2006July31 A small visitor

Approximate Reading Time: 11 minutes

[no animals were harmed in the making of this blog entry]

I’ll try to make this quick, because it’s a little late, and I have other things to do before I go to sleep.

The walls are famously thick of the houses here in the village. The rule of thumb and usual reference is three feet. It’s not quite that, but probably at the base of the house it’s close to that. They are, indeed, masonry walls, and mainly on the periphery walls of stone, either as rubble within the wall or as large stones carefully fitted to one another.

As a result the windows are projections, and our pretty much modern windows, all of them casements opening inward, are set midway in the opening. Hence the sills are deep, and form a shelf in every window. These are commonly tiled. They are in our house. On the outside, to cover the window opening are shutters, which open outward, and these, like the windows, are either split “French-style,” that is there are two hinged shutters meeting in the middle, or there is a single shutter, hinged on one side or the other.

With the shutters closed, the house is quite dark within.

The front of the house, which constitutes one of only two walls with access to the out of doors, faces west. The other outer wall faces south. We sit, in short, on a corner, and our other inner walls are party to our neighbors: one to the north, and another “behind” us, to the east.

The result of this aspect and configuration is that the front of the house is in shadow until well past noon, but we see the sunny opposite side of the place almost as soon as the sun rises in the morning. The houses are sufficiently high opposite us, and slightly elevated relative to our position that we don’t get that much direct sun. So the inside of the house, on the first two floors, anyway, stays moderately cool and livable, even in the worst of the dog days, which have, incidentally, returned after a respite following a clamorous thunderstorm of two hours duration a few days ago.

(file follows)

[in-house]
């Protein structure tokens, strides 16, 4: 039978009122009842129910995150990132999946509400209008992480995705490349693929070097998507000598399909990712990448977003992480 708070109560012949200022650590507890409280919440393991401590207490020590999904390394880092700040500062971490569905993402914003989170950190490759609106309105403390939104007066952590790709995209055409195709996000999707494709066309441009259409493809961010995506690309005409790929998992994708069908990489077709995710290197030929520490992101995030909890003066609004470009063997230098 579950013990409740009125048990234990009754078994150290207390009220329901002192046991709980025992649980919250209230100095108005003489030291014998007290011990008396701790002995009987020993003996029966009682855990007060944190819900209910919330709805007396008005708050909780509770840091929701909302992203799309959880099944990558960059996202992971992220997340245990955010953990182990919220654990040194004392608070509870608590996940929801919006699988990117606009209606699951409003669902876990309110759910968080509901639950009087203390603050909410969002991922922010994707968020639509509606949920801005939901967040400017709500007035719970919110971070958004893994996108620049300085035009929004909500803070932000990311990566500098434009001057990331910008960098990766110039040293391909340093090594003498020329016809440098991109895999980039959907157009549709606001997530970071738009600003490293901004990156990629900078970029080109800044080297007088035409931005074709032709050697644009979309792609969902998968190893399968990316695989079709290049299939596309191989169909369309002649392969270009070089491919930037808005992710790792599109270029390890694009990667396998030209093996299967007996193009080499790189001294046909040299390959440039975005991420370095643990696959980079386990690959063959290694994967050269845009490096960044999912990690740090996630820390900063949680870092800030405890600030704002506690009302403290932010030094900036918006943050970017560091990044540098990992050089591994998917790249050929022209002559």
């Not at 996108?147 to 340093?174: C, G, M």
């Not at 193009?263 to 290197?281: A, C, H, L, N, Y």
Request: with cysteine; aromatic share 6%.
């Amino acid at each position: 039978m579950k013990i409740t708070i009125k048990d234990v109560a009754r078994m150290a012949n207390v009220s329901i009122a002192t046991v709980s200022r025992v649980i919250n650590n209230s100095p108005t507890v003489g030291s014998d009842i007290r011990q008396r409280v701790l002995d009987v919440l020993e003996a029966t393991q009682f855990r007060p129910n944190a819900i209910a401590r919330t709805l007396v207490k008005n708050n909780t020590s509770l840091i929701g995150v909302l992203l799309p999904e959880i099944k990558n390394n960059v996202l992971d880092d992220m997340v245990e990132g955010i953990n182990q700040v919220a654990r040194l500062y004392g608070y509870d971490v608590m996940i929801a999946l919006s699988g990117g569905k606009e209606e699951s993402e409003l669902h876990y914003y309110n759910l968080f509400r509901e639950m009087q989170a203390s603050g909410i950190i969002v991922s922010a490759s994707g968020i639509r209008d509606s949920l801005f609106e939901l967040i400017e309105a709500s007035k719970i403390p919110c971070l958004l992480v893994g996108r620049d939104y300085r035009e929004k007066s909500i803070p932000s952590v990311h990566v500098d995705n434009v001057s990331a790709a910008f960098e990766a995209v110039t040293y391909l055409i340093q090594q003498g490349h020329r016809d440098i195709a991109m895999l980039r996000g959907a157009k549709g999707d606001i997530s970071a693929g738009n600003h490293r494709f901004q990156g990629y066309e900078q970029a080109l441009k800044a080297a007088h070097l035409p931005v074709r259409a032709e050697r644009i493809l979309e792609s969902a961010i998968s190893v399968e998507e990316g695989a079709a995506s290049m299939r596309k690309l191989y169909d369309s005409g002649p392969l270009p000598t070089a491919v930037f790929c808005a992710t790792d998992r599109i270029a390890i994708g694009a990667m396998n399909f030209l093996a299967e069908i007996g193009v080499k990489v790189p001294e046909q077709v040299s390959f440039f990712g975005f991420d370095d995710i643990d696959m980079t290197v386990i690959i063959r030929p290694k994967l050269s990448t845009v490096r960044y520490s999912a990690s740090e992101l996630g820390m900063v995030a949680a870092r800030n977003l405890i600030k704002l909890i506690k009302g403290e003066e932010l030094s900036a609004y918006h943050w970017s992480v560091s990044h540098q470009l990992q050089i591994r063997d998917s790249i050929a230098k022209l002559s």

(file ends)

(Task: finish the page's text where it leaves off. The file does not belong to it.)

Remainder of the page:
The top floor where I toil away, entertaining you sporadically, is just under the roof, and there is no insulation, and it gets warm, unless we keep the air moving, which we do. My fingers move very quickly across the keyboard setting up a slight breeze. That and the four foot circular fan I described a few entries back make all the difference.

The house has no screens. Most houses don’t. On the plain, it’s a problem, because of the flies. Up here in the village the flies are less of a problem, and there are few mosquitoes, if any.

As for other insectivora there are plenty of critters, of every conceivable type. In particular there are wasps and hornets, though I’m hard put to tell the difference. One of them has wings that jut straight out, like a spy plane, and the other has wings that sit at an angle, sort of swept-wing, like fighter planes. It doesn’t much matter, as they don’t bother anyone most of the time, unless you’re eating, and they don’t usually get into the house. The eating thing is a problem only when we entertain out on the terrace on the roof.

On the third floor, the only windows that open are in front, as per the rest of the house, and facing south, again normale, but in the kitchen up here, and so around a jog in the wall, because of the doorway into the kitchen. there is also a unique fixed window, that is, it can’t be opened, but it looks out on the terrace and faces east, so there is mucho sun up here in the morning, starting at sunrise.